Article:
Paul’s Defense Before Felix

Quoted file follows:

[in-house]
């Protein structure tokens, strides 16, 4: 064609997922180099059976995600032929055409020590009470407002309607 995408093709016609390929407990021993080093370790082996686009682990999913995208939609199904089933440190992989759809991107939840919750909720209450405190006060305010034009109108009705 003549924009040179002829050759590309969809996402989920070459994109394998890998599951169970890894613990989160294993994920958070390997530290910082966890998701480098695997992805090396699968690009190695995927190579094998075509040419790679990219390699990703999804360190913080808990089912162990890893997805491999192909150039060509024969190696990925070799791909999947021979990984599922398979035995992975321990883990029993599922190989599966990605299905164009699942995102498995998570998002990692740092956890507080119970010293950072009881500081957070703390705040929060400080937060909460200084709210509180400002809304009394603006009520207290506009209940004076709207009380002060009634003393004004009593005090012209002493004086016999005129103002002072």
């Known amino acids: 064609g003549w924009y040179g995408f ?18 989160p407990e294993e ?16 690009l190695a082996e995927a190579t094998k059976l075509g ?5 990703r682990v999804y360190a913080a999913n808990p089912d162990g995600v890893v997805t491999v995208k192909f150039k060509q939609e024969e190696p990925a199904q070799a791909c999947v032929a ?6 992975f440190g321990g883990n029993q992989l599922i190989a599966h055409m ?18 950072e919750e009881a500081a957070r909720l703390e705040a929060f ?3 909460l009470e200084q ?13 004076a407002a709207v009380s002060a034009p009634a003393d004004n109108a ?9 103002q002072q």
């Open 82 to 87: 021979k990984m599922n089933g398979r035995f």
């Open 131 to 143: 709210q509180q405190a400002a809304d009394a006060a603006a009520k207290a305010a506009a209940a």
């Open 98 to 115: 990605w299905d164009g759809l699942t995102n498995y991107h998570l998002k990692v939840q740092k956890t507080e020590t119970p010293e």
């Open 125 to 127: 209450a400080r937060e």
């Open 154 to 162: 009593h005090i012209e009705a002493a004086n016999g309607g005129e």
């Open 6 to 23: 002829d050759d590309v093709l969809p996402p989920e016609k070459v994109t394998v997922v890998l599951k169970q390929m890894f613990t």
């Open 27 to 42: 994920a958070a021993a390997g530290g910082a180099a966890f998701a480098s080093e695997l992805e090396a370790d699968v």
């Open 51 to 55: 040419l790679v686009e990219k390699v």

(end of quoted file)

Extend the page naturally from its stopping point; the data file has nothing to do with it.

10 When the governor gestured for him to speak, Paul replied, “Because I know#tn Grk “knowing.” The participle ἐπιστάμενος (epistamenos) has been translated as a causal adverbial participle. that you have been a judge over this nation for many years, I confidently make my defense.#sn “Because…defense.” Paul also paid an indirect compliment to the governor, implying that he would be fair in his judgment. 11 As you can verify#tn BDAG 369 s.v. ἐπιγινώσκω 2.c has “notice, perceive, learn of, ascertain…Also as legal t.t. ascertain (2 Macc 14:9) τὶ Ac 23:28; cp. 24:8. W. ὅτι foll. Ac 24:11.” “Verify” is an English synonym for “ascertain.” for yourself, not more than twelve days ago#tn Grk “it is not more than twelve days from when.” This has been simplified to “not more than twelve days ago.”sn Part of Paul’s defense is that he would not have had time to organize a revolt, since he had arrived in Jerusalem not more than twelve days ago. I went up to Jerusalem#map For location see Map5-B1; Map6-F3; Map7-E2; Map8-F2; Map10-B3; JP1-F4; JP2-F4; JP3-F4; JP4-F4. to worship. 12 They did not find me arguing#tn Or “disputing,” “conducting a heated discussion.” with anyone or stirring up a crowd#tn BDAG 381 s.v. ἐπίστασις 2 has “ἐ. ποιεῖν ὄχλου to cause a crowd to gather Ac 24:12.” Roman authorities would not allow a mob to gather and threaten the peace, and anyone suspected of instigating a mob would certainly be arrested. in the temple courts#tn Grk “in the temple.” This is actually a reference to the courts surrounding the temple proper, and has been translated accordingly. or in the synagogues#sn See the note on synagogue in 6:9. or throughout the city,#sn A second part of Paul’s defense is that he did nothing while he was in Jerusalem to cause unrest, neither arguing nor stirring up a crowd in the temple courts or in the synagogues or throughout the city. 13 nor can they prove#tn BDAG 778 s.v. παρίστημι/παριστάνω 1.f has “οὐδὲ παραστῆσαι δύνανταί σοι περὶ ὧν νυνὶ κατηγοροῦσίν μου nor can they prove to you the accusations they are now making against me Ac 24:13.”sn Nor can they prove. This is a formal legal claim that Paul’s opponents lacked proof of any wrongdoing. They had no witness who could justify the arrest at the temple. to you the things#tn The words “the things” are not in the Greek text but are implied. Direct objects were often omitted in Greek when clear from the context, but must be supplied for the modern English reader. they are accusing me of doing.#tn Grk “nor can they prove to you [the things] about which they are now accusing me.” This has been simplified to eliminate the relative pronoun (“which”) in the translation. 14 But I confess this to you, that I worship#tn Or “serve.” the God of our ancestors#tn Or “forefathers”; Grk “fathers.” according to the Way (which they call a sect), believing everything that is according to the law#sn That is, the law of Moses. Paul was claiming that he legitimately worshiped the God of Israel. He was arguing that this amounted to a religious dispute rather than a political one, so that the Roman authorities need not concern themselves with it. and that is written in the prophets. 15 I have#tn Grk “having.” The participle ἔχων (ecwn) has been translated as a finite verb and a new sentence begun at this point in the translation because of the length and complexity of the Greek sentence. a hope in God (a hope#sn This mention of Paul’s hope sets up his appeal to the resurrection of the dead. At this point Paul was ignoring the internal Jewish dispute between the Pharisees (to which he had belonged) and the Sadducees (who denied there would be a resurrection of the dead). that#tn Grk “a hope in God (which these [men] themselves accept too).” Because the antecedent of the relative pronoun “which” is somewhat unclear in English, the words “a hope” have been repeated at the beginning of the parenthesis for clarity. these men#tn Grk “that they”; the referent (these men, Paul’s accusers) has been specified in the translation for clarity. themselves accept too) that there is going to be a resurrection of both the righteous and the unrighteous.#tn Or “the unjust.”sn This is the only mention of the resurrection of the unrighteous in Acts. The idea parallels the idea of Jesus as the judge of both the living and the dead (Acts 10:42; 17:31). 16 This is the reason#tn BDAG 329 s.v. ἐν 9.a, “ἐν τούτῳ πιστεύομεν this is the reason why we believe Jn 16:30; cp. Ac 24:16.” I do my best to always#tn BDAG 224 s.v. διά 2.a, “διὰ παντός…always, continually, constantly…Ac 2:25 (Ps 15:8); 10:2; 24:16.” However, the positioning of the adverb “always” in the English translation is difficult; the position used is one of the least awkward. have a clear#tn BDAG 125 s.v. ἀπρόσκοπος 1 has “ἀ. συνείδησις a clear conscience Ac 24:16.” conscience toward God and toward people.#tn Grk “men,” but this is a generic use (Paul does not have only males in view). 17 After several years#tn BDAG 401 s.v. ἔτος has “δι᾿ ἐ. πλειόνων after several years 24:17.” I came to bring to my people gifts for the poor#tn Grk “to bring alms,” but the term “alms” is not in common use today, so the closest modern equivalent, “gifts for the poor,” is used instead. and to present offerings,#tn Or “sacrifices.” BDAG 887 s.v. προσφορά 1 has “προσφοράς ποιεῖν have sacrifices made Ac 24:17,” but this may be overly specific. It is not clear from the immediate context whether the offering of sacrificial animals (so BDAG assumes) or offerings of some other sort (such as financial gifts) are in view. The combination with ἐλεημοσύνας (elehmosuna") in the preceding clause may suggest monetary offerings. Some have suggested this is an allusion to the payments made by Paul on behalf of the four other men mentioned in Acts 21:23-26, but the text here seems to suggest something Paul had planned to do before he came, while the decision to pay for the expenses of the men in 21:23ff. was made at the suggestion of the Jerusalem leadership after he arrived. In either case, Paul was portraying himself as a pious worshiper of his God. 18 which I was doing when they found me in the temple, ritually purified,#sn Ritually purified. Paul’s claim here is that he was honoring the holiness of God by being sensitive to issues of ritual purity. Not only was he not guilty of the charges against him, but he was thoroughly devout. without a crowd or a disturbance.#tn BDAG 458 s.v. θόρυβος 3.b has “μετὰ θορύβου…with a disturbance Ac 24:18.” 19 But there are some Jews from the province of Asia#tn Grk “Asia”; in the NT this always refers to the Roman province of Asia, made up of about one-third of the west and southwest end of modern Asia Minor. Asia lay to the west of the region of Phrygia and Galatia. The words “the province of” are supplied to indicate to the modern reader that this does not refer to the continent of Asia. who should be here before you and bring charges,#tn BDAG 533 s.v. κατηγορέω 1 states, “nearly always as legal t.t.: bring charges in court.” L&N 33.427 states for κατηγορέω (kathgorew), “to bring serious charges or accusations against someone, with the possible connotation of a legal or court context – ‘to accuse, to bring charges.’”sn Who should be here…and bring charges. Paul was asking, where were those who brought about his arrest and claimed he broke the law? His accusers were not really present. This subtle point raised the issue of injustice. if they have anything against me. 20 Or these men here#tn Grk “these [men] themselves.” should tell what crime#tn Or “unrighteous act.” they found me guilty of#tn The words “me guilty of” are not in the Greek text, but are implied. L&N 88.23 has “αὐτοὶ οὗτοι εἰπάτωσαν τί εὗρον ἀδίκημα στάντος μου ‘let these men themselves tell what unrighteous act they found me guilty of’ Ac 24:20.” when I stood before the council,#tn Grk “the Sanhedrin” (the Sanhedrin was the highest legal, legislative, and judicial body among the Jews). 21 other than#tn BDAG 433 s.v. ἤ 2.c has “οὐδὲν ἕτερον ἤ nothing else than…Ac 17:21. τί…ἤ what other…than…24:21.” this one thing#tn Grk “one utterance.” I shouted out while I stood before#tn Cf. BDAG 327 s.v. ἐν 1.e, which has “before, in the presence of, etc.” them: ‘I am on trial before you today concerning the resurrection of the dead.’”#sn The resurrection of the dead. Paul’s point was, what crime was there in holding this religious belief?